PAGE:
In fact, Mueller went on to say, “During the course of my career I have seen a number of challenges to our democracy”—and noted that the Russian interference into the 2020 elections was “the worst.”

Finally, as Republicans tried to make points, frequently shouting, Representative Louie Gohmert (R-Texas) attempted to establish that Mueller had been “conflicted” in carrying out the investigation because he had interviewed with Trump the day before for the position of FBI director.

 “Not as a candidate,” Mueller replied. He noted that he met with Trump on May 16, 2017, to discuss the then-vacant FBI director position, a position that he once had held— but not because he was a candidate for the job. He said he merely outlined what it would take to do the job.

Indeed, as The Washington Post’s Devlin Barrett tweeted, Mueller is barred by law from holding the FBI director position again. Barrett’s sources did say that White House staffers raised the possibility of changing that law, but that doesn’t comport with Trump’s presentation of Mueller as having gotten “turned down” in seeking the position.

Mueller was due to appear before the House Intelligence Committee during the afternoon session—where hopes that he would tell a colorful narrative on Russian interference that would shift public opinion still were high.

Research contact: @HouseJudiciary

Revealed: Trump’s favorite new cable TV channel has ties with Russia

July 24, 2019

Recently, President Donald Trump has been so vexed by the coverage on Fox that he has taken to channel-surfing to find a more sympathetic news source. However, unbeknownst to Trump until this week, his latest version of Trump TV—One America News Network—features segments with a distinctly Russian accent.

Indeed, The Daily Beast reported, some of the stories that Trump has been retweeting from the station are the work of a correspondent who is actually a “double agent.” The reporter is also  a Russian national who remains on the payroll of—and continues to report for—the Kremlin’s official propaganda outlet, Sputnik.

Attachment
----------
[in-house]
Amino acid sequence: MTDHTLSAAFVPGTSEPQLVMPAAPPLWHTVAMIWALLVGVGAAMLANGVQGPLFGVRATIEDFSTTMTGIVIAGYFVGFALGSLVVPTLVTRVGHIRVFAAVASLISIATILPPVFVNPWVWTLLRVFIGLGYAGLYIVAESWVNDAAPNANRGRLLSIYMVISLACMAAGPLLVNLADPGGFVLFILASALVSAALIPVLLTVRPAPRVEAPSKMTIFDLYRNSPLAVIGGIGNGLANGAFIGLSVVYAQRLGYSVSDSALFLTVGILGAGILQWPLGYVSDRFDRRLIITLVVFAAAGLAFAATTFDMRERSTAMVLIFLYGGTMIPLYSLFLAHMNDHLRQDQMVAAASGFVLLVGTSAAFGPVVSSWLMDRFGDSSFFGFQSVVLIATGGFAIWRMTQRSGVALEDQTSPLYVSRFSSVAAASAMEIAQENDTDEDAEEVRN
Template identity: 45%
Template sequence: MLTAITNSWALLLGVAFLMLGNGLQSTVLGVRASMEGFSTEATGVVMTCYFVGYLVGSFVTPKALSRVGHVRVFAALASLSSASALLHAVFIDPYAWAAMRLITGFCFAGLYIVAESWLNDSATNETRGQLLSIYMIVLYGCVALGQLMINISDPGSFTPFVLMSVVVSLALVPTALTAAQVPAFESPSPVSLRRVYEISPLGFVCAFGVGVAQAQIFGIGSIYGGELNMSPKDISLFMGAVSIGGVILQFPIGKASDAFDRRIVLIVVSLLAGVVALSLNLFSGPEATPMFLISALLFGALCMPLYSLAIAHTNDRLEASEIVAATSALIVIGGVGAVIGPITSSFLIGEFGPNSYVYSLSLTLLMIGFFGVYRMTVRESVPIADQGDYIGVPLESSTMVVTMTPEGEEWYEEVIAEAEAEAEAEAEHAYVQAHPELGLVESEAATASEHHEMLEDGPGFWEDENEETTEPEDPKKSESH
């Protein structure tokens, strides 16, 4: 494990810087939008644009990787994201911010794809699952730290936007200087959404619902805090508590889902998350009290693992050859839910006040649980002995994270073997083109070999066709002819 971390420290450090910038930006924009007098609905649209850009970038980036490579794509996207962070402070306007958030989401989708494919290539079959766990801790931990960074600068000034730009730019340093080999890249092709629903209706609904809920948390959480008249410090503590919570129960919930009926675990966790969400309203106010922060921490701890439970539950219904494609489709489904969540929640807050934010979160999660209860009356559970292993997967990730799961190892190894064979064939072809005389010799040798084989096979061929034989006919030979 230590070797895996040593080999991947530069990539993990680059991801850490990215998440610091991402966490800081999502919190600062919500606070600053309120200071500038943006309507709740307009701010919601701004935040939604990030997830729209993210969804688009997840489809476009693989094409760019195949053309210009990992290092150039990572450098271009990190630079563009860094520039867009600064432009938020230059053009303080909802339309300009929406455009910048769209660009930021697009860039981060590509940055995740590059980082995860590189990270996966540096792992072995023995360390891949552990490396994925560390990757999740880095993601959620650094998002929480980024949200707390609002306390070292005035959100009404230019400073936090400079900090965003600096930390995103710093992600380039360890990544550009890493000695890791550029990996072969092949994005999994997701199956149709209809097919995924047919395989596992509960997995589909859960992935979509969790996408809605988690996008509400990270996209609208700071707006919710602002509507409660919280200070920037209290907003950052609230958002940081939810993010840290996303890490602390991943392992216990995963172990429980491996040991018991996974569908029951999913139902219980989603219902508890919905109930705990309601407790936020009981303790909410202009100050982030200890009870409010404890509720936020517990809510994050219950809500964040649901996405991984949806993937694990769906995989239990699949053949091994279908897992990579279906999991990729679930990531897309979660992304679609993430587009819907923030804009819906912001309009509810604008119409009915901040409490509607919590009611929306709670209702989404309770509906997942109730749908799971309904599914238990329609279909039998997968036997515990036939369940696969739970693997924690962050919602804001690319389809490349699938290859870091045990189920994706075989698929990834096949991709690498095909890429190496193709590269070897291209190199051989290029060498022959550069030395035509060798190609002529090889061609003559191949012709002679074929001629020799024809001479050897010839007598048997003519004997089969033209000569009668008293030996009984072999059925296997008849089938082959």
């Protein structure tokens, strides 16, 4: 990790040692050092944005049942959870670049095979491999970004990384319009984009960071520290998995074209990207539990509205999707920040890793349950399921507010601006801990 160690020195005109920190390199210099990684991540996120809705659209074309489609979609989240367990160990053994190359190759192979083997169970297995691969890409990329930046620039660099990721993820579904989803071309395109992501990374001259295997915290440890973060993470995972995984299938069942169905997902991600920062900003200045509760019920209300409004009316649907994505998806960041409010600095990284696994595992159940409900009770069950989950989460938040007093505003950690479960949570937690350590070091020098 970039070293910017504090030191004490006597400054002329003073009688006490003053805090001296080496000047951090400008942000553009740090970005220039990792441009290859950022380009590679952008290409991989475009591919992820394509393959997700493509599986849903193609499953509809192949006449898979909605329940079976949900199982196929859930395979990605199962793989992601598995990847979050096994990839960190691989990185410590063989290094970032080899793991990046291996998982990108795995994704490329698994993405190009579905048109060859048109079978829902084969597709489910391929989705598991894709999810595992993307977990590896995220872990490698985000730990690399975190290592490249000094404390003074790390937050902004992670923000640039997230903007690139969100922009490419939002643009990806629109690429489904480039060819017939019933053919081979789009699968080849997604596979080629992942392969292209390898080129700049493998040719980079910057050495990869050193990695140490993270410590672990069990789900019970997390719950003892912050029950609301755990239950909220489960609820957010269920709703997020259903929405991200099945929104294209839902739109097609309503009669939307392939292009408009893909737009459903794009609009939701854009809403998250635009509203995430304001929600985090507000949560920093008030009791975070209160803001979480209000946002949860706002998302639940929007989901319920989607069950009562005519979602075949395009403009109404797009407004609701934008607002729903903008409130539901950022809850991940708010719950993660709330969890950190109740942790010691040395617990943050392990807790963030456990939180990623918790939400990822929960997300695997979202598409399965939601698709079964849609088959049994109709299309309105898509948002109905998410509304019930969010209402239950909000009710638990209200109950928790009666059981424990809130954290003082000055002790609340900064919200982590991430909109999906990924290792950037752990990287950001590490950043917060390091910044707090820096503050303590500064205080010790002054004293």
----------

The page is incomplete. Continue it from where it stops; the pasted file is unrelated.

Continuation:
Kristian Brunovich Rouz, originally from the Siberian city of Novosibirsk, has been living in San Diego, where OAN is based, since August 2017, and reporting on U.S. politics for the 24-hour news channel. For all of that time, he’s been simultaneously writing for Sputnik, a Kremlin-owned news wire that played a role in Russia’s 2016 election-interference operation, according to an assessment by the U.S. intelligence community.

Among some of Rouz’s recent reports are the following:

  • Iran Plots Terror Attacks in Europe
  • Far Left ‘Squad’ Faces Pushback for Accusing President Trump of ‘Racism’
  • China Pushes for Greater Influence at UN, Builds Political Blocks

“This completes the merger between Russian state-sponsored propaganda and American conservative media,” former FBI agent Clint Watts, a research fellow at the Foreign Policy Research Institute, told the Daily Beast. “We used to think of it as ‘They just have the same views’ or ‘They use the same story leads.’ But now they have the same personnel.”

Indeed, the Daily Beast notes, OAN now pushes  some of the same false stories as Sputnik and RT, but with none of the legal entanglements.

Founded by 77-year-old circuit-board millionaire Robert Herring, Sr., OAN launched in 2013 as an answer to the chatty, opinionated content of mainstream cable-news channels—and a place for viewers too conservative for Fox News. Under Herring’s direction, the network embraced Trumpism enthusiastically, starting in 2016.

Over time, the network became increasingly dedicated to conspiracy theories and fake news, and became overtly supportive of Russia’s global agenda. When Rouz joined, the network had recently shed a number of anchors and other staffers who’d bristled at the change.